Keeping Ourselves Alive
  • ISSN 1053-6981
  • E-ISSN: 2405-9374
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AbstractAldous Huxley's first piece of published fiction, "The Farcical History of Richard Greenow" (1920), reveals anxieties about authorship and sexual iden-tity that were typical of modernist male writers. This article situates this nou-vella in two contexts. The first concerns Huxley's relationship with his aunt, novelist and social activist Mary Augusta Arnold Ward; the second centers on medical theories of homosexuality presented by Havelock Ellis in Sexual Inversion (1897). The protagonist calls himself a spiritual hermaphrodite because his body is inhabited by two personalities: a male intellectual and an increasingly aggressive female novelist and war propagandist named Pearl Bellairs. As a caricature of Mrs. Humphrey Ward, Pearl reveals Huxley's antagonism toward powerful and popular women novelists. But she also provides a way for protag-onist and author to defend themselves against same-sex eroticism. Ideology does not determine desire. Rather, in the story, as in Sexual Inversion, fears aroused by certain desires seek expression in specific cultural forms. (Literary criticism, psychological approach; gender studies)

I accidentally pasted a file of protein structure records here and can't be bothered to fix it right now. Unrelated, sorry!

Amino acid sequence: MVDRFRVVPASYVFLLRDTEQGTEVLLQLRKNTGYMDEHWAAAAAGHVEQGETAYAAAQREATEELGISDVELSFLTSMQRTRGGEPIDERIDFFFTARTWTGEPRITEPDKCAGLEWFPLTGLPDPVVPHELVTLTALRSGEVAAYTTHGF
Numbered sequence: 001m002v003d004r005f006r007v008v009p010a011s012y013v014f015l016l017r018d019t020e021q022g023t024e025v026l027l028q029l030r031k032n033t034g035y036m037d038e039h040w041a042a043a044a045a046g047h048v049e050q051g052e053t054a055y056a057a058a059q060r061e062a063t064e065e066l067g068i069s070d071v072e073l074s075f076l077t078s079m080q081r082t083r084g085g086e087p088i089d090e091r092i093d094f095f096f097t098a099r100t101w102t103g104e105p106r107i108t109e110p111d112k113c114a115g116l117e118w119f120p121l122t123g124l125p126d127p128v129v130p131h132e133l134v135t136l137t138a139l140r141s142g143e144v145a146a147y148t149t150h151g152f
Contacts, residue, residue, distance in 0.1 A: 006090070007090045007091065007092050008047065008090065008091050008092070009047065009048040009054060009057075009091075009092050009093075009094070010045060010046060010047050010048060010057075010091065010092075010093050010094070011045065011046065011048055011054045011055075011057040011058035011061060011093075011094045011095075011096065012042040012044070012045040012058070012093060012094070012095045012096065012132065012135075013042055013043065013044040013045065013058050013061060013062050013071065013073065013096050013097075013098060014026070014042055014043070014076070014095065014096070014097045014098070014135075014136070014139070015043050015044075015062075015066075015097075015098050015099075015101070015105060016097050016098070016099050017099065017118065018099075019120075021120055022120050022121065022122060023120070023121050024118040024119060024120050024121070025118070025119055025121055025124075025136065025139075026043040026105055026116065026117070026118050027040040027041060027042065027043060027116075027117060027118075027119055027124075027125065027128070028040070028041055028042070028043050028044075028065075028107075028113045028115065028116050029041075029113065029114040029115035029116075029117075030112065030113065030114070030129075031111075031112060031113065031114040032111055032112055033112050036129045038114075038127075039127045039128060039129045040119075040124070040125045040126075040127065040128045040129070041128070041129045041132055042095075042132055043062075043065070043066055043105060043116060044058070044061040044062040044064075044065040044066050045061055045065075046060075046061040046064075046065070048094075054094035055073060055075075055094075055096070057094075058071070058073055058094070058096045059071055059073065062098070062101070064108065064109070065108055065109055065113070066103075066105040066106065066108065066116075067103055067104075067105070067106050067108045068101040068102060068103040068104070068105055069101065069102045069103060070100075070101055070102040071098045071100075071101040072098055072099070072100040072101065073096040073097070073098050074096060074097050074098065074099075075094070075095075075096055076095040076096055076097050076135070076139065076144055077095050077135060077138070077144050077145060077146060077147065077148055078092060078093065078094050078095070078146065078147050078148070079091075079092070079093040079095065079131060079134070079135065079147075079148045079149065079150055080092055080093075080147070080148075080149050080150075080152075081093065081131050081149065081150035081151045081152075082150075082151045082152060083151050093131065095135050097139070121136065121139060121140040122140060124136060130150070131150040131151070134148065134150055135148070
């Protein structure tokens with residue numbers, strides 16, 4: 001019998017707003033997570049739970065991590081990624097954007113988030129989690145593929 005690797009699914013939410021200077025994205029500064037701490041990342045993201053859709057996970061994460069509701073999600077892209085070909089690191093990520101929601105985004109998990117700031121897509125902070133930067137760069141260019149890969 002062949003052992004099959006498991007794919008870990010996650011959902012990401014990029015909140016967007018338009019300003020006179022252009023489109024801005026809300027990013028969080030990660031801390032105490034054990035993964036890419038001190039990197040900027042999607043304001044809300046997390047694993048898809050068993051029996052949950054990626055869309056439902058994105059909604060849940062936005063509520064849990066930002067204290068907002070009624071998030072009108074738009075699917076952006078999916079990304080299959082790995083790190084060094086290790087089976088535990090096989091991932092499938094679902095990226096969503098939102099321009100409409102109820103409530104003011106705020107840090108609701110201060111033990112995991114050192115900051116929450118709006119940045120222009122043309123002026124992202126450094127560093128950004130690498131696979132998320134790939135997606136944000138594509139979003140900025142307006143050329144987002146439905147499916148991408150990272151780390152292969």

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  • Article Type: Research Article
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